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Separating Art from the Artist

By markarginteanu

I hold a great love for Roman Polanski’s Chinatown. It both solidifies and deconstructs and aesthetic I have long been fascinated with, film noir and the detective story. I first saw it almost four years ago when I was 14. I was mesmerized from start to finish as it was clear that the filmmaker had an absolute mastery of story and image. Another of my favorite films is Hitchcock’s Vertigo. Like Chinatown, it is at times deceptively gentle with its presentations of image, not directly telling the viewer what to think or feel, but simply letting the events play out as they will, leaving us to make our own conclusions. Finally, perhaps my favorite film of all time is Lars Von Trier’s Melancholia. It is a honest, heartfelt portrayal of mental illness and introversion in women, a narrative that I identify with very strongly, and is regretfully lacking in contemporary cinema. All of these films have something in common; their directors have said and done some terrible things.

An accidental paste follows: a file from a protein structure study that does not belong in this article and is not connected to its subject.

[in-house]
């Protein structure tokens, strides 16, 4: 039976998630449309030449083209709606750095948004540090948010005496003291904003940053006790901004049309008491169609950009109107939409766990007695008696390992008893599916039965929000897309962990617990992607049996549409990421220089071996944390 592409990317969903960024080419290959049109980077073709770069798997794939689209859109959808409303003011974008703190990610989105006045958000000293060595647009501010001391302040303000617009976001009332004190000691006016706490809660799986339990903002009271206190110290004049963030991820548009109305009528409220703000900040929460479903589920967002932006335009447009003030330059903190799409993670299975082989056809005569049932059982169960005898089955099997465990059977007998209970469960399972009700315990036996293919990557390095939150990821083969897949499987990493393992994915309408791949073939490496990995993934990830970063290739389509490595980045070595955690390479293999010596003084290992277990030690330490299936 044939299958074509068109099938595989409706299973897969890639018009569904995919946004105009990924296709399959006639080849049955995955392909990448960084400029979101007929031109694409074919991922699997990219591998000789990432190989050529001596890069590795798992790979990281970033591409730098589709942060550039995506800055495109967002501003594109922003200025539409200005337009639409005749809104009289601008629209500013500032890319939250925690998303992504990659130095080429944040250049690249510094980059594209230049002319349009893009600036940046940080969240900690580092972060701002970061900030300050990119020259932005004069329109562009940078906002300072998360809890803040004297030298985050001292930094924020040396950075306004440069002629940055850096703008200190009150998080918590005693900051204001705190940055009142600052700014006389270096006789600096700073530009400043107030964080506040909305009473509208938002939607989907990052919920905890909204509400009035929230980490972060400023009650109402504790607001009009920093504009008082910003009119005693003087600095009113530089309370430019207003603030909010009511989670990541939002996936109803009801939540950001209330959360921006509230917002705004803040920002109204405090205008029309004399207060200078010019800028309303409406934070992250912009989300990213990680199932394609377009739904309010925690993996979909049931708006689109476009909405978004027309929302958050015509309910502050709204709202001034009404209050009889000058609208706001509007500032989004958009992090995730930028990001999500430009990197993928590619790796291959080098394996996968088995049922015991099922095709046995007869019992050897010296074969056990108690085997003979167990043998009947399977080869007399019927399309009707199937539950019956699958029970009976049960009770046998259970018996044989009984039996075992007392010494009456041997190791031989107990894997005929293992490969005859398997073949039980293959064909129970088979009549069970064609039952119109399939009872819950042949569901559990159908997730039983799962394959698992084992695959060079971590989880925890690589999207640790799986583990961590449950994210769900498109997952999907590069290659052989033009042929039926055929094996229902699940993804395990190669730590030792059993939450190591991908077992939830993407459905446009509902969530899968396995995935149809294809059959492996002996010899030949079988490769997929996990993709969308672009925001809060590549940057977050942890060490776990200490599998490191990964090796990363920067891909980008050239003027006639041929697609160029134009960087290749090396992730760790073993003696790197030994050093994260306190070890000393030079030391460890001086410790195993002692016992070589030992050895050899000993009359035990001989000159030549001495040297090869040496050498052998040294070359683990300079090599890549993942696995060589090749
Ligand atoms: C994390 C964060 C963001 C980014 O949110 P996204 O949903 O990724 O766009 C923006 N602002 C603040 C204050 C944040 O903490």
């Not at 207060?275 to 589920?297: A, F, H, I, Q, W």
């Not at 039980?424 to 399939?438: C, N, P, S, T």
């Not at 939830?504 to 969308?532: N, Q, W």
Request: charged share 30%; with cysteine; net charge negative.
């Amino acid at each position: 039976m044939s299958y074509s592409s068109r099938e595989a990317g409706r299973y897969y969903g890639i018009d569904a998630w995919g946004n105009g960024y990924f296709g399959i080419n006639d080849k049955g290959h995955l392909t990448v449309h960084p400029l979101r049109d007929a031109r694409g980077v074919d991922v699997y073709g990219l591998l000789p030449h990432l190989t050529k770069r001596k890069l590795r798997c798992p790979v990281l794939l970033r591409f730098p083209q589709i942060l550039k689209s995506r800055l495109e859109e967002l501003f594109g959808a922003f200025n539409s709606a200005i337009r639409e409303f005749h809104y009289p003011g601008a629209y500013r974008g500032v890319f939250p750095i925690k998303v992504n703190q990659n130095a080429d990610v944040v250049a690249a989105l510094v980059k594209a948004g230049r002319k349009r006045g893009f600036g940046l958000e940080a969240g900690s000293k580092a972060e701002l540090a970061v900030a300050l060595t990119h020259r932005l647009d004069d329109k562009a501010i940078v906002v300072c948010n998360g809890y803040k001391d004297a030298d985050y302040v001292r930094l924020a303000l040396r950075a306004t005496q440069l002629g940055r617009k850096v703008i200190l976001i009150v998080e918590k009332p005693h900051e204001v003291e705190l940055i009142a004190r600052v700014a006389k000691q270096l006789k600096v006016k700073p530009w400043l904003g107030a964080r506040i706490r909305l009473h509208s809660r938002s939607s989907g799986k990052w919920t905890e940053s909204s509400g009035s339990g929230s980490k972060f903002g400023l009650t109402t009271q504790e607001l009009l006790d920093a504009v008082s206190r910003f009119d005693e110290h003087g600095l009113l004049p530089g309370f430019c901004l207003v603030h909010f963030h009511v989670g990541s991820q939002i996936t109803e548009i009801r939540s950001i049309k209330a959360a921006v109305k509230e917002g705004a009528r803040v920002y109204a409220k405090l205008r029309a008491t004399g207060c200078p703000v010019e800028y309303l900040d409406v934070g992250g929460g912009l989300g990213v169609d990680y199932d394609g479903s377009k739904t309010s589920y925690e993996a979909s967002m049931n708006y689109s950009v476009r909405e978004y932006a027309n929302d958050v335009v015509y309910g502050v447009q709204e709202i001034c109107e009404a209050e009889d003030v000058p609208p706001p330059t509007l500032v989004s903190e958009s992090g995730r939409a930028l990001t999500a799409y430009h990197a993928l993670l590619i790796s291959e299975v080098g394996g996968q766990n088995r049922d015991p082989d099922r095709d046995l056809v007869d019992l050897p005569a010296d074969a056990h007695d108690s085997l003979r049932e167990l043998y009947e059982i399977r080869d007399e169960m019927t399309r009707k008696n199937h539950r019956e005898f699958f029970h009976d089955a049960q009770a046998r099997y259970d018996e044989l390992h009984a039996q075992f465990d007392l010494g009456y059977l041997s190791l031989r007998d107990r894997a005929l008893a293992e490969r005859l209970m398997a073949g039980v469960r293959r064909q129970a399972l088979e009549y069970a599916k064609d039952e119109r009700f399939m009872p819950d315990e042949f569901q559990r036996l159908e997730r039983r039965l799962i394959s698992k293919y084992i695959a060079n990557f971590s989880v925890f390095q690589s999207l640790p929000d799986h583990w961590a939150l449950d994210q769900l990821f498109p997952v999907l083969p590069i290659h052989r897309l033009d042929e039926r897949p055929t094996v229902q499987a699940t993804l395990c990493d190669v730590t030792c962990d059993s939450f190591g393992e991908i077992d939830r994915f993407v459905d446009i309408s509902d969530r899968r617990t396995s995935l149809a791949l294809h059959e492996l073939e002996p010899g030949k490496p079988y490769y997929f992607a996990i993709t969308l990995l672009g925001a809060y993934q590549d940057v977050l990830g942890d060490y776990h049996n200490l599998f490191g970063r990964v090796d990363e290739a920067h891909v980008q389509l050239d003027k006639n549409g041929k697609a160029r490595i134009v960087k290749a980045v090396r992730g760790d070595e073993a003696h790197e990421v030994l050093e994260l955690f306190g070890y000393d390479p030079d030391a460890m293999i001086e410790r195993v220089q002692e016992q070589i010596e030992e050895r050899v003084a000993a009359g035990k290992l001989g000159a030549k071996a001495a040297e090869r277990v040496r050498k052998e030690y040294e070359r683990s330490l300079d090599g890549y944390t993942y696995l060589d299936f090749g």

Lars Von Trier has openly admitted to ‘understanding Hitler’ and wanting to kill Jewish people. On the set of The Birds, Hitchcock not only sexually harassed Tippi Hedren, but threw live birds at her and paid staff to follow her outside of working hours. Most egregiously, Roman Polanski raped a 13-year-old girl. I will not say he was only accused of the act because I do not believe that a 13-year-old girl would have anything to gain from making such a false accusation against a man much more rich and powerful than her. When I found out about this, it shook me to my core. What was I supposed to think of the movies I loved, that had changed my life? It took me more than a few years to come to the conclusion that despite the fact that these men were probably terrible people, their work is not necessarily representational of that. People are not the work they produce. For me this is even evident in the films I have discussed. Chinatown has a relatively strong female protagonist, who is not merely an object of the plot, but an actual person who does things in the story. Lars Von Trier is an avowed misogynist, yet the experiences of the heroine of Melancholia have spoken to my experiences both with depression and as a woman more truly than anything else I have seen. Even Vertigo has an interesting subversion of its female characters. This all goes to show that despite who a person may be, what they make can still connect with the audience that they may hate the most. This is not to say that they should be excused for their actions. I personally believe that Hitchcock and Polanski should have served time in prison. They committed illegal, hateful deeds that fill me with rage, and letting them continue their careers just legitimizes their actions. Still, there is nothing I can do to make them pay, nor can I change the feelings that their films evoke in me. I want to be an animator, which means I owe a lot of my career to a bigot by the name of Walt Disney. Without him, the animation industry would not even be a shadow of what it is today. I think this quote by his grandniece sums it up quite nicely, “Anti-semite? Check. Misogynist? Of course. Racist, C’mon, but damn, he was good at making  films and his work has made billions of people happy.” Ultimately, I don’t think it’s your fault if someone terrible made something you like, it’s their fault for being a bad person. Though at the end of the day I’m still not sure how to square this cognitive dissonance, and that’s not for me to tell you. Like the ending of Chinatown and Vertigo, you have to make your own conclusions.

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